Above and into the falls

We live in a region of rivers and dams. Back when this country was more a hope than a reality, this was the river where America’s transition to industrialization began.

According to the National Parks guide:

“The Blackstone River Valley of Massachusetts and Rhode Island is the “Birthplace of the American Industrial Revolution,” the place where America made the transformation from Farm to Factory. America’s first textile mill could have been built along practically any river on the eastern seaboard, but in 1790 the forces of capital, ingenuity, mechanical know-how and skilled labor came together at Pawtucket, Rhode Island where the Blackstone River provided the power that kicked off America’s drive to industrialization.”

It’s easy to see our history when you live in the Blackstone Valley. There were 46 dams on the Blackstone River. There are some fewer now. They are trying to remove dams and let the river run freely. But wherever you see a dam, there was a mill, a factory, or both at that turning of the river.

Photo: Garry Armstrong – Below the falls

The soil supporting these dams is terminally hazardous. Packed behind the dams, it can’t spread its poison downstream. Allowed to run into the rivers, it could easily poison the river that was saved from (and is still being saved from) some of the worst pollution anywhere in the world. In the mid 1974, the Blackstone was considered one of the three most polluted rivers in the U.S. Today, it’s a living river filled with birds and fish and even some humans enjoying its waters.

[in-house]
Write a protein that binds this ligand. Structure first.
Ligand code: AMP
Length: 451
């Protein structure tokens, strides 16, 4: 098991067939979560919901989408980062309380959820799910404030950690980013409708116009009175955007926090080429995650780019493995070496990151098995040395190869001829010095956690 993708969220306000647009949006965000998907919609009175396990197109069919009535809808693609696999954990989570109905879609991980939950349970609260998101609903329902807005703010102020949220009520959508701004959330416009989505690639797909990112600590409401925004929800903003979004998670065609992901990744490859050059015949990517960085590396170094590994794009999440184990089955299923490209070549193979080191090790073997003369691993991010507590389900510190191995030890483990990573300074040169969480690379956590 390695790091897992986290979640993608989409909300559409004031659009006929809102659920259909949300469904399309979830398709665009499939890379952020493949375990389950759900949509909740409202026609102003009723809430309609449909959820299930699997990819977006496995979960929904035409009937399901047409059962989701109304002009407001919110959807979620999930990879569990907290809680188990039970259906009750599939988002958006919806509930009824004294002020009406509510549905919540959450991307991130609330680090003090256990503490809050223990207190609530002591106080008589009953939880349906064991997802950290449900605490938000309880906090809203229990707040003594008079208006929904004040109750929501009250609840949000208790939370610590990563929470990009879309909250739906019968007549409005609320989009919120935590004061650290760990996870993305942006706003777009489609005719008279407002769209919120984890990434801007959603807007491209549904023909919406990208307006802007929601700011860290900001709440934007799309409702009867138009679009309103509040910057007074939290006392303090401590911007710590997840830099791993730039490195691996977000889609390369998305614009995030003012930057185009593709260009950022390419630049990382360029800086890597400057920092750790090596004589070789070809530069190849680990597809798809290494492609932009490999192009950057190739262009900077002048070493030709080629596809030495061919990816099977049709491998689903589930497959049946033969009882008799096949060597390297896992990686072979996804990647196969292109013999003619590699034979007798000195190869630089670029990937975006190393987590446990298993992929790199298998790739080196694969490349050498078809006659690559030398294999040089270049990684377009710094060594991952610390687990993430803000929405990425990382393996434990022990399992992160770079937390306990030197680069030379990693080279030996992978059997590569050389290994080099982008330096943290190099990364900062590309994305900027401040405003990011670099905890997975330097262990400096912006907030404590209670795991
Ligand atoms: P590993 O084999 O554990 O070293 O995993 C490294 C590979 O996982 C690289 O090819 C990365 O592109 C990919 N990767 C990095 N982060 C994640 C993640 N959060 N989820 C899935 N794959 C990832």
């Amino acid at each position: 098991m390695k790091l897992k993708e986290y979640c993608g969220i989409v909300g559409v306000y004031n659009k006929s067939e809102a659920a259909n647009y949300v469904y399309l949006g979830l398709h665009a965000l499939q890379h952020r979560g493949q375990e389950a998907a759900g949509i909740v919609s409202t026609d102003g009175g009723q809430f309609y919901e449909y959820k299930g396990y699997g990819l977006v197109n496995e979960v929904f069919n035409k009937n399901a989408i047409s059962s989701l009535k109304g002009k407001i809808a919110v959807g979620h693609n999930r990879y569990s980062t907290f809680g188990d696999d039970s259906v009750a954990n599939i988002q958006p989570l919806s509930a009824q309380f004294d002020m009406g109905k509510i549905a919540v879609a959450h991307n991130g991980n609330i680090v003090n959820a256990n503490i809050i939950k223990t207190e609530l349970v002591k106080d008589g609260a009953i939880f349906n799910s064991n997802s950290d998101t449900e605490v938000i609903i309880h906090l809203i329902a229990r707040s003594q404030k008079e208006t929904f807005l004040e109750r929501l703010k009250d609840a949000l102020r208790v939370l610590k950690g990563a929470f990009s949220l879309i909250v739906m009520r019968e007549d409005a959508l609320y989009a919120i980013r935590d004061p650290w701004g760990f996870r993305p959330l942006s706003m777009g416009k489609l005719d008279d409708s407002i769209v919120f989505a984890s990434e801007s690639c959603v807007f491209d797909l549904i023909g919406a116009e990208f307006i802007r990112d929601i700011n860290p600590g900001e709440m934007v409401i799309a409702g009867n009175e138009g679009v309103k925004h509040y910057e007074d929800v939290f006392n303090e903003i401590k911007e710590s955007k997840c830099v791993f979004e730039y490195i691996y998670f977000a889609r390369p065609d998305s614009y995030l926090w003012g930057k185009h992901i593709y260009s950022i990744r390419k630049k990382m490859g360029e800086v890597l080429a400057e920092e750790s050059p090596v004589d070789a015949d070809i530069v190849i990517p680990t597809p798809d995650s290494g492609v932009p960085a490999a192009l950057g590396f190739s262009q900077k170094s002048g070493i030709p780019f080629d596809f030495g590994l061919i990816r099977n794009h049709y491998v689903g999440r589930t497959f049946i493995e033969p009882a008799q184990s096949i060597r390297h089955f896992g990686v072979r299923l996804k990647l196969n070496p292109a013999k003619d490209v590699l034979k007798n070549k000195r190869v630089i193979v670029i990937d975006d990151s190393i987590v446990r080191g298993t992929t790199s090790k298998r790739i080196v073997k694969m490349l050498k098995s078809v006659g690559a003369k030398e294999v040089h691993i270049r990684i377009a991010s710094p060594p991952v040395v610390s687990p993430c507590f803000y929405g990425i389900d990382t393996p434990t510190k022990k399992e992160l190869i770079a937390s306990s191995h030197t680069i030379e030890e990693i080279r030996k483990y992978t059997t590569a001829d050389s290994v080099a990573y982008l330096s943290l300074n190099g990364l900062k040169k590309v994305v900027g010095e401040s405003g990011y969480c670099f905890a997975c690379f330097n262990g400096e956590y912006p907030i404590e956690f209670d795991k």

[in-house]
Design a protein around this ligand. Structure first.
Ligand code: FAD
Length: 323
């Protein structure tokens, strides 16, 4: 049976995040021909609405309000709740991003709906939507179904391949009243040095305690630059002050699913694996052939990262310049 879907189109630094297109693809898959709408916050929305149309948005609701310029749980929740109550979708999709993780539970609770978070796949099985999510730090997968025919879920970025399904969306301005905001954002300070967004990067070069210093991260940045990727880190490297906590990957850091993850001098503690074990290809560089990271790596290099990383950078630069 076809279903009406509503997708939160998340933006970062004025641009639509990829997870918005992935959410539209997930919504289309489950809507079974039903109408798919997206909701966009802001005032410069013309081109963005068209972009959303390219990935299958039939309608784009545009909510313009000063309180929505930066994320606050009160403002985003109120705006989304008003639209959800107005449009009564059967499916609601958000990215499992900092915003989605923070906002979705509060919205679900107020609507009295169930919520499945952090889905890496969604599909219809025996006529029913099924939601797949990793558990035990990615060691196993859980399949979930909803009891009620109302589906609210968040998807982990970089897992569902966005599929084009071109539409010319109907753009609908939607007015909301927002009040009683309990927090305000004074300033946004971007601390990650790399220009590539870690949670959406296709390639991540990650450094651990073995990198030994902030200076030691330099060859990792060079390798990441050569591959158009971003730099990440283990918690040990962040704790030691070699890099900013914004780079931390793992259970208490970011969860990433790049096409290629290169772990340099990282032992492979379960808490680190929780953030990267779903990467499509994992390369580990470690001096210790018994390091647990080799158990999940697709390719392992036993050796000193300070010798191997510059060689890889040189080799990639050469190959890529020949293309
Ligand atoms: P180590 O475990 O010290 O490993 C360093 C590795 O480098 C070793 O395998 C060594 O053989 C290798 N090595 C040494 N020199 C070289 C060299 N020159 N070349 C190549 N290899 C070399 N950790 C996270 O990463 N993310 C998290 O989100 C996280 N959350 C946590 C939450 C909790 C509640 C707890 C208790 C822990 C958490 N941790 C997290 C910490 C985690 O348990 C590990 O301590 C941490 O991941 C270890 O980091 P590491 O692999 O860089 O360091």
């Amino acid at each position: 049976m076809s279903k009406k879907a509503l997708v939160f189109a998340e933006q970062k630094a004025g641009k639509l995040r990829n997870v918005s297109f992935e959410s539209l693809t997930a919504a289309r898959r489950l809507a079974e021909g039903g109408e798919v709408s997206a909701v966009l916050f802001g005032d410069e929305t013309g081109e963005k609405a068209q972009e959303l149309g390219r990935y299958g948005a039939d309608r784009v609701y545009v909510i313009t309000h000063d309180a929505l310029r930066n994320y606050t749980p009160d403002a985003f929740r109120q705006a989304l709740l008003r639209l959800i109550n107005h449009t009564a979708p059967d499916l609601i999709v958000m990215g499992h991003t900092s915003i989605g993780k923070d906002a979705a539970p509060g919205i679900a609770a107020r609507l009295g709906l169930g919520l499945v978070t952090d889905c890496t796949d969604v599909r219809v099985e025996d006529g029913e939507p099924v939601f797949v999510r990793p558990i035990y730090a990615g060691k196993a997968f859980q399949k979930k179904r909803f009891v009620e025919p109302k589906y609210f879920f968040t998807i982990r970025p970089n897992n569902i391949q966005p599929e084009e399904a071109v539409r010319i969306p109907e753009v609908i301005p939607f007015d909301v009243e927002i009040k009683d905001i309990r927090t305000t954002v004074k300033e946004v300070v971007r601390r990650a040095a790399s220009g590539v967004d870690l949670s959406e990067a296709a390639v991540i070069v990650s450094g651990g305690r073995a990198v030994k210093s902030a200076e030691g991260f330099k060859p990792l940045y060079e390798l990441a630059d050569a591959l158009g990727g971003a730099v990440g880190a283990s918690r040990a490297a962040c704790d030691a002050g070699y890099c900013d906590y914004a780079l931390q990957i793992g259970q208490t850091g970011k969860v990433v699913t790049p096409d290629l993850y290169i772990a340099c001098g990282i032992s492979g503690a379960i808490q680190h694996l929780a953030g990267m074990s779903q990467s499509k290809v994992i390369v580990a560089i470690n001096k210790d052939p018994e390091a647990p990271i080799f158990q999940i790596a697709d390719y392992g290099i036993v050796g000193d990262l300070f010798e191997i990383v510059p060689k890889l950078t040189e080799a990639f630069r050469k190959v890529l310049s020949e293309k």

Waiting on the Mumford River in Uxbridge

Most of the remaining dams will stay where they are. The danger to the environment that would come with removing them is incalculable. Thus we enjoy the beauty of the dams. Swans, geese, ducks, divers and the occasional beavers enjoy the calm waters. While swimming is still forbidden both because of the still somewhat polluted water and the dangerous currents in the river, trout breed there and the river is open for kayaking, canoeing, and fishing along many banks.

Waiting and the rush

All the dams were built between 1789 and the early 1900s. Each dam is unique to its place on the river and built of natural local stone.

The pool that forms in the pond before the waterfall is always as still as a glass mirror. It’s remarkable how clear and shiny that water is. Barely a ripple to announce the imminent falling of water over a dam that may be just inches away.

I participate in WordPress’ Weekly Photo Challenge 2017


Sometimes people come into your life inauspiciously and then suddenly become pivotal to your existence. For me and my children, that person was Brian.

To explain how our lives intersected, I have to give you some background. My parents had a beautiful house on 40 glorious acres in Easton, CT. There was a second building on the grounds, made up of two one bedroom cottages. The full-time caretakers lived in one of the cottages. They were hired to run both houses and take care of all the land and the equipment that the ground care required.

Brian came to work for my mom as a caretaker in 1981, shortly after my father had died. I was 32 and had a two-year old son, David. Brian was 39 and was married to a woman named Peg. Brian was smart, well-read and very interesting to talk to. He also had a great sense of humor. We hit it off immediately. He was also incredibly handy, skilled and knowledgeable about all things house and garden related. Perfect for the job.